LS: That’s absolutely right. In your opinion, what’s the most misunderstood aspect, or perhaps even outright lie, about the Great March of Return, that is peddled by the Israeli state and Zionists, or accepted by the media in general? Is there anything you would like to correct for people who are witnessing these demonstrations and perhaps are listening to the wrong voices or narratives that surround them?
AA: We want people to know the reality and truth of what’s happening in Palestine. The reality is that Israel is in violation of international law and is committing human rights abuses, by making refugees out of upwards of five million Palestinians, by building walls that have transformed our lives into open-air prisons. The West Bank is filled with walls and checkpoints that disconnect people from each other and the Gaza Strip is a prison, a true prison. The Gaza Strip is very small, you can get from one end to the other in an hour, it’s very small.
These people, what Israel is doing to them and against them is just because they are Palestinian. Because they are ethno-nationalist racists. We want people to know what’s really happening. Palestinians desire freedom. Palestinians desire dignity. Palestinians desire human rights. We don’t want walls. It doesn’t make sense that in the 21st century, there are humans that are caged in by walls and can’t interact with each other.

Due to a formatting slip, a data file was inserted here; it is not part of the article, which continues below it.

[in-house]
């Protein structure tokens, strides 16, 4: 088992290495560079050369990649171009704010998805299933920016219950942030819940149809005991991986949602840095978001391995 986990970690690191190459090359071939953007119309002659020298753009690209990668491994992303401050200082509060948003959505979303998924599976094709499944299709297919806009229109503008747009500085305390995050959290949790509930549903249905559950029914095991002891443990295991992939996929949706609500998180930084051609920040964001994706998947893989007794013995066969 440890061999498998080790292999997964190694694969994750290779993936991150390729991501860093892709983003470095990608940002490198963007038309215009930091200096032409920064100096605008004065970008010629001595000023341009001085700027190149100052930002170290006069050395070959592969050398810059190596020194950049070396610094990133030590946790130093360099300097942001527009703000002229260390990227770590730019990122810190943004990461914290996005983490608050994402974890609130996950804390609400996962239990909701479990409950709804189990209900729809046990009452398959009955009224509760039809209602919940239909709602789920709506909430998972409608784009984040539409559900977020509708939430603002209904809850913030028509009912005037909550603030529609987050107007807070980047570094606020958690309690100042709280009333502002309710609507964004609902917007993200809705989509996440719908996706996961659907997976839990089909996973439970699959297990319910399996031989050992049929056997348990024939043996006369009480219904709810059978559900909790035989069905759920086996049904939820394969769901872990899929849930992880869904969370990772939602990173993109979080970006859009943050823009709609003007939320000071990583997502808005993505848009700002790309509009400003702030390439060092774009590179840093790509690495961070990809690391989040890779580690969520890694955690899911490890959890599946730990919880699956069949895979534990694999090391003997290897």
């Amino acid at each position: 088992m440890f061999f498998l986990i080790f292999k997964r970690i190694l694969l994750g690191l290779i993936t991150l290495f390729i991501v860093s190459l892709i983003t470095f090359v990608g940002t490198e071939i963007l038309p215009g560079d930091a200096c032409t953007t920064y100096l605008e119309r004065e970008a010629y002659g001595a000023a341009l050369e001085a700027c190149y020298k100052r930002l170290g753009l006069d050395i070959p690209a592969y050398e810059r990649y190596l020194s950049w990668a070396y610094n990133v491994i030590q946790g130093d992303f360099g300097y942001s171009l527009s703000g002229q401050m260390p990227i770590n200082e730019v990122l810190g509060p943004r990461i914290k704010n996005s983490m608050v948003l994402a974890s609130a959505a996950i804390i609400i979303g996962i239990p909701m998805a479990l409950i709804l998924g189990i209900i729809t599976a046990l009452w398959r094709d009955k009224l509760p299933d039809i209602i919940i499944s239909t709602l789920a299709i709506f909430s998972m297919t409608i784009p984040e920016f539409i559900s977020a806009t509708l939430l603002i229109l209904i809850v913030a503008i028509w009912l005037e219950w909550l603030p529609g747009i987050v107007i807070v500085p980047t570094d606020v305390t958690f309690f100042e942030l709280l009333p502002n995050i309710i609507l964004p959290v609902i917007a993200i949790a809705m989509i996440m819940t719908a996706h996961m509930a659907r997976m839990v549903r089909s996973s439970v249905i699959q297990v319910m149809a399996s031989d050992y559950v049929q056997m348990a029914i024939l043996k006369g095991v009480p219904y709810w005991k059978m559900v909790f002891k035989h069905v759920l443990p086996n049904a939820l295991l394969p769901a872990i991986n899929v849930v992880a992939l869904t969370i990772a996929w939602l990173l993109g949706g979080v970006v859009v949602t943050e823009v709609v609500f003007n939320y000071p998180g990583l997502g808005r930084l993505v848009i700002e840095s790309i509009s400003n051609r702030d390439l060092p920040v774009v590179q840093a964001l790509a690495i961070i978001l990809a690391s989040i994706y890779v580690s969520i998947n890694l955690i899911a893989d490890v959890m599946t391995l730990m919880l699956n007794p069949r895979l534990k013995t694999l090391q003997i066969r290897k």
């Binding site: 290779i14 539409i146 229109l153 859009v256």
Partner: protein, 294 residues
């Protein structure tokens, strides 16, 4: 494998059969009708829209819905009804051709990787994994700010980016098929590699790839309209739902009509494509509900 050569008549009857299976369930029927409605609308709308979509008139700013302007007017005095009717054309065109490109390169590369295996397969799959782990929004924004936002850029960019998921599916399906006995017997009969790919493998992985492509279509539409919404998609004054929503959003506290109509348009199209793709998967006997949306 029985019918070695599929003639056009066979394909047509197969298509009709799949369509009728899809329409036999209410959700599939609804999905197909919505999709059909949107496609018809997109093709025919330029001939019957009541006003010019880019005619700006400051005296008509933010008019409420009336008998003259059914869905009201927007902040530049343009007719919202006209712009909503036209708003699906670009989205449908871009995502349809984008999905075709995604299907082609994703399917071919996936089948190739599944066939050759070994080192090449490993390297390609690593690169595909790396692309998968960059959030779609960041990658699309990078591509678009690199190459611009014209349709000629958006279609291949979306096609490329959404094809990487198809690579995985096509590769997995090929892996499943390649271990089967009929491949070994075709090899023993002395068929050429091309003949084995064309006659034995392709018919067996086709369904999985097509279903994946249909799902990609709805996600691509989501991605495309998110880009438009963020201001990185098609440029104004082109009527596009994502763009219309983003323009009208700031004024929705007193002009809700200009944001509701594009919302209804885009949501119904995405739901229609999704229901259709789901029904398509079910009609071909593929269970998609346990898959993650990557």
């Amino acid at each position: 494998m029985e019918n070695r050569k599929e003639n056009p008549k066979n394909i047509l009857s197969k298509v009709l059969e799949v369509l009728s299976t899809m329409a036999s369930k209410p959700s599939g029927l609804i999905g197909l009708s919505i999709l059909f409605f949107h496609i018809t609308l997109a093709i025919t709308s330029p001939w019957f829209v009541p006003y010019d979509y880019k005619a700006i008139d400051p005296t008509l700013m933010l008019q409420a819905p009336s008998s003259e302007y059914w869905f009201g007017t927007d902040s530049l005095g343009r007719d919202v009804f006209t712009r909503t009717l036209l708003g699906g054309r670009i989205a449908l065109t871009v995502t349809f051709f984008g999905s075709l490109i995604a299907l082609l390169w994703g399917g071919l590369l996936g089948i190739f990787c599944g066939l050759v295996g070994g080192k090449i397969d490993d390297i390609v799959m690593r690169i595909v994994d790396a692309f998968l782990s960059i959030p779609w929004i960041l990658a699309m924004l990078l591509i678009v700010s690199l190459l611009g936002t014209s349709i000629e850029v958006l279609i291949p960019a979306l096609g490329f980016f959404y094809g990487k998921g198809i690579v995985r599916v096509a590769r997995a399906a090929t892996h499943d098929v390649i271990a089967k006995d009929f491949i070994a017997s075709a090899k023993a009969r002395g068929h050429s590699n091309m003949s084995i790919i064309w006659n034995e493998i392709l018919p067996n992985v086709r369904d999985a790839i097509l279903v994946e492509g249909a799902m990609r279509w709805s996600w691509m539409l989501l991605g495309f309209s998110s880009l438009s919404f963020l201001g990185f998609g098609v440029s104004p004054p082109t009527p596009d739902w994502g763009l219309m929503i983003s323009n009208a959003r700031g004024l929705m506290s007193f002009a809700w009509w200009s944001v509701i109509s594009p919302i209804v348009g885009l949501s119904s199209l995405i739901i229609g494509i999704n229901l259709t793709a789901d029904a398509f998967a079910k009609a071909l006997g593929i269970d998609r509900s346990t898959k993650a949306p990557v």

Israel has put up walls to cage in millions of people. We want these walls to come down. We want Israel, we want people to hold Israel accountable, to follow international law. We want Palestinian refugees to have the Right of Return and to have liberation. And ultimately, to have everyone live together, Israelis and Palestinians, with equal human rights.